Back when I started GEMS, the statistics were appalling. In my very academically-oriented county alone (Fairfax, VA), the vast majority of girls opted out of the higher-level math and science classes, and took no computer science, pre-engineering or other technology/engineering classes, even though they were offered.
My goal in offering GEMS was to change this—to get the girls to see themselves as successful in these fields, so that they would take the harder classes, thereby not limiting themselves when they go to college.
GeekDad: How are you changing that perception with GEMS?
Laura Reasoner Jones: Well, we are trying on an individual basis every day when a girl joins, thereby stating to herself and the world that she is good at STEM.
And then as she leaves the meeting, she has experience success that she can take home and take back to school with her.
And then as she grows up and has good memories of experiences in STEM.
On a larger scale, we try to get our name out there all the time to show that girls can do anything. We show our successes, we write grants, which we have won many, and we just walk the walk all the time.
And when the boys ask why there isn’t a club for boys, I say: “Have your mom call me.” This is a girls-only group.
When I did my first follow-up study in 2002, I found that GEMS had made a difference for the GEMS girls—they took the hard classes.
I also found that they were slowly changing their career choices. But this was with a very small group. Now you will find statistics from NSF and other large groups such as SWE (Society of Women Engineers) and NCWIT (National Center for Women and Information Technology) that show that getting girls and young women into these fields and keeping them there is even more difficult.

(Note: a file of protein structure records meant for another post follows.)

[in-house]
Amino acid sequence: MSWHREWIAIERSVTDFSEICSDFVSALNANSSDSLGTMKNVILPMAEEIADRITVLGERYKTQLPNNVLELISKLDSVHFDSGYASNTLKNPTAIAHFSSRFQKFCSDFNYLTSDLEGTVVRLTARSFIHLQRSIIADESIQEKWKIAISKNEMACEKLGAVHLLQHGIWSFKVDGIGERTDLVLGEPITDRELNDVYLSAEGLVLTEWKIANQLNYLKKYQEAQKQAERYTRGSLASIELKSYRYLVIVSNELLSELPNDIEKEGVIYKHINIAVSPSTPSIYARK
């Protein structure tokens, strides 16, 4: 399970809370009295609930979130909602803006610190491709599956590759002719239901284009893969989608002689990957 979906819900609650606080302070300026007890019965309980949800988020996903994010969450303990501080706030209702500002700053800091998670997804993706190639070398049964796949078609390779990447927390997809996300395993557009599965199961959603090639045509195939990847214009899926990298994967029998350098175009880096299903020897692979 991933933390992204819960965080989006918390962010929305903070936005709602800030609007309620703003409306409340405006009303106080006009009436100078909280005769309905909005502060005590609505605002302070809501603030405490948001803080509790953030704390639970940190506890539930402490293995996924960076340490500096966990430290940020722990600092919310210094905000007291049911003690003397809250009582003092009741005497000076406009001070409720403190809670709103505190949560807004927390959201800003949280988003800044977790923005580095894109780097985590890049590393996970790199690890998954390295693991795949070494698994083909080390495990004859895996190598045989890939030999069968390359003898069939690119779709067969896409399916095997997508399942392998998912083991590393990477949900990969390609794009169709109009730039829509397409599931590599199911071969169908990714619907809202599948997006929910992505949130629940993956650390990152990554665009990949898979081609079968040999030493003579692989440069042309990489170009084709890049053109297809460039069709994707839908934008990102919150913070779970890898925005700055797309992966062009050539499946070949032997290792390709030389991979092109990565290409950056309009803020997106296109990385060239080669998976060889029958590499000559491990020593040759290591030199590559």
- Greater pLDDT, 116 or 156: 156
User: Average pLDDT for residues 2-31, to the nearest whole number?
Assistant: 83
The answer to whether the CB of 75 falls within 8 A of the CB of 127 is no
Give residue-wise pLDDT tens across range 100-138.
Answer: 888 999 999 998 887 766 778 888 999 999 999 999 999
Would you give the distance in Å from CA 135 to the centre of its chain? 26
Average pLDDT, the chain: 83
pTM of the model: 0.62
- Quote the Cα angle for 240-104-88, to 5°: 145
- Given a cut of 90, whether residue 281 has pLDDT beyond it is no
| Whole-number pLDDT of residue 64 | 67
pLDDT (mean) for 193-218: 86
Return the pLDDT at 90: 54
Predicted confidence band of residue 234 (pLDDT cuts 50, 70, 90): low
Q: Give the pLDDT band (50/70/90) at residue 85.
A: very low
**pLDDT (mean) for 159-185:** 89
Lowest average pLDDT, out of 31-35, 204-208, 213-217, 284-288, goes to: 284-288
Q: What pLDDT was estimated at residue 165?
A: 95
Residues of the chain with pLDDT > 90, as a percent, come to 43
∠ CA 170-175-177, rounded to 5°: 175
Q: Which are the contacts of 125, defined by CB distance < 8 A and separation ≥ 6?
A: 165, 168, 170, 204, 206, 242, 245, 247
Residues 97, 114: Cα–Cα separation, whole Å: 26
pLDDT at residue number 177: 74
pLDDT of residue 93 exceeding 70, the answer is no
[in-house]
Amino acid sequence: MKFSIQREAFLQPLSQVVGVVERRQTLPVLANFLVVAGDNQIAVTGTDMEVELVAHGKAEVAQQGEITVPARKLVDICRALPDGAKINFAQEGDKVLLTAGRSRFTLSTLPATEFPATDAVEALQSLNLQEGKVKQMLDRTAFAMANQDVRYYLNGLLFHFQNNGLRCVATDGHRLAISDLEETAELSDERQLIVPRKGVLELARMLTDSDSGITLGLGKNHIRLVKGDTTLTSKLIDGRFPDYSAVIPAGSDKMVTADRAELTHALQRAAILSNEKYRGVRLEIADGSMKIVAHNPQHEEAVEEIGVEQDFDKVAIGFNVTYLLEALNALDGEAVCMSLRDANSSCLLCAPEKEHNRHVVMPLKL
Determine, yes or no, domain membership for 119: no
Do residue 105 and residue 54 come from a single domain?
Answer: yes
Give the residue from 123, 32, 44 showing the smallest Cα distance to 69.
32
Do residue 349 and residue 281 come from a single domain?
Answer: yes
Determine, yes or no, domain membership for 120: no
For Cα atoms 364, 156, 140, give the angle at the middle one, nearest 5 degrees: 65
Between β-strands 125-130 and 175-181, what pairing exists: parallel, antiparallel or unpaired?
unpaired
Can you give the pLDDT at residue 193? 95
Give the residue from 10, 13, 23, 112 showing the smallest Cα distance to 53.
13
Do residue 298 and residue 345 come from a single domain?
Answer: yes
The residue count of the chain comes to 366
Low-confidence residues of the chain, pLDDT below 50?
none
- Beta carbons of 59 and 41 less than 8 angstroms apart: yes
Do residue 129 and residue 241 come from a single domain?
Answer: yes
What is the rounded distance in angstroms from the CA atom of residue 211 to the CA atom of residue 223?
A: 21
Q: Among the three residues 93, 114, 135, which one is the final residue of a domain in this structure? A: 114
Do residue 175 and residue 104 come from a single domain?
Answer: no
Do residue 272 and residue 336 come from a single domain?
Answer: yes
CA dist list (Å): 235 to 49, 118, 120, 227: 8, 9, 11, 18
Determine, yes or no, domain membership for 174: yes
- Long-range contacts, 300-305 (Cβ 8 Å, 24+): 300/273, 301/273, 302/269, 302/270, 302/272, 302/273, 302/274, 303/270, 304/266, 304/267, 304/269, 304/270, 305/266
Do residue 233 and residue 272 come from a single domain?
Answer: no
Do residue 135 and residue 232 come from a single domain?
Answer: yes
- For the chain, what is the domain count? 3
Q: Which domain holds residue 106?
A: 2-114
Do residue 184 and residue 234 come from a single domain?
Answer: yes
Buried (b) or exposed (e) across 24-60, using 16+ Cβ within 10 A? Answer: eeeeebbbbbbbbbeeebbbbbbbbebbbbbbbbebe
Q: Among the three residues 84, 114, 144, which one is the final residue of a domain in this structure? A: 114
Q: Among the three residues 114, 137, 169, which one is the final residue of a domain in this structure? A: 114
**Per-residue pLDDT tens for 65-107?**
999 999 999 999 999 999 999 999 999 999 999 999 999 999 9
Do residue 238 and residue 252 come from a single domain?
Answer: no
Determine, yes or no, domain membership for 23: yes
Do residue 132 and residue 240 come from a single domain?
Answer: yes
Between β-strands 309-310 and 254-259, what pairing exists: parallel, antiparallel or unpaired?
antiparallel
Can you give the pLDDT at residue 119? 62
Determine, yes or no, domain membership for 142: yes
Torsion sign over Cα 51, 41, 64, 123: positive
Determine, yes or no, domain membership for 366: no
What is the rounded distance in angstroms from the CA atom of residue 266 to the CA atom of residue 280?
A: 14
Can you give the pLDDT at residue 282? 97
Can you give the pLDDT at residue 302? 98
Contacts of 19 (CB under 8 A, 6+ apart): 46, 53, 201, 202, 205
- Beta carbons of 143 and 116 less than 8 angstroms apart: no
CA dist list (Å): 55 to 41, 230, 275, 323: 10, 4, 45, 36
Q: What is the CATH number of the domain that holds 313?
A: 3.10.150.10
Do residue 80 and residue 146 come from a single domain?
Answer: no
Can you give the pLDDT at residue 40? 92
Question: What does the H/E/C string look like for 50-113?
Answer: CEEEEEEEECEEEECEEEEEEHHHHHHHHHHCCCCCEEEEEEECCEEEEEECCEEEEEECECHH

I did a small seven-year follow-up study on the girls in the original GEMS club at my daughter’s school. The girls in that club took more and harder math/science courses in high school than did the rest of the county’s girls. Statistically significant? Probably not. But informative, nonetheless.
GeekDad: What do you do in GEMS?
Laura Reasoner Jones: There is no set curriculum for GEMS, which makes it fun for the girls and the leaders. The Web site and the Facebook page offers many ideas, but we have found that when the leaders choose things they or the girls like, everyone enjoys it more. Also, we almost insist that GEMS meetings do not follow the math/science curriculum for the state, as that would make it too school-like.
We recommend that if leaders want to use school topics, that they go up a couple of grades and use things that the girls will not have learned yet. This offers many benefits, two of which are that it is new material, even sometimes introduced as “you are not going to learn this until middle school—they think it is too hard” and it gives the girls familiarity, confidence and expertise when the topic comes up years later—”Oh, yeah, we know how to do that!”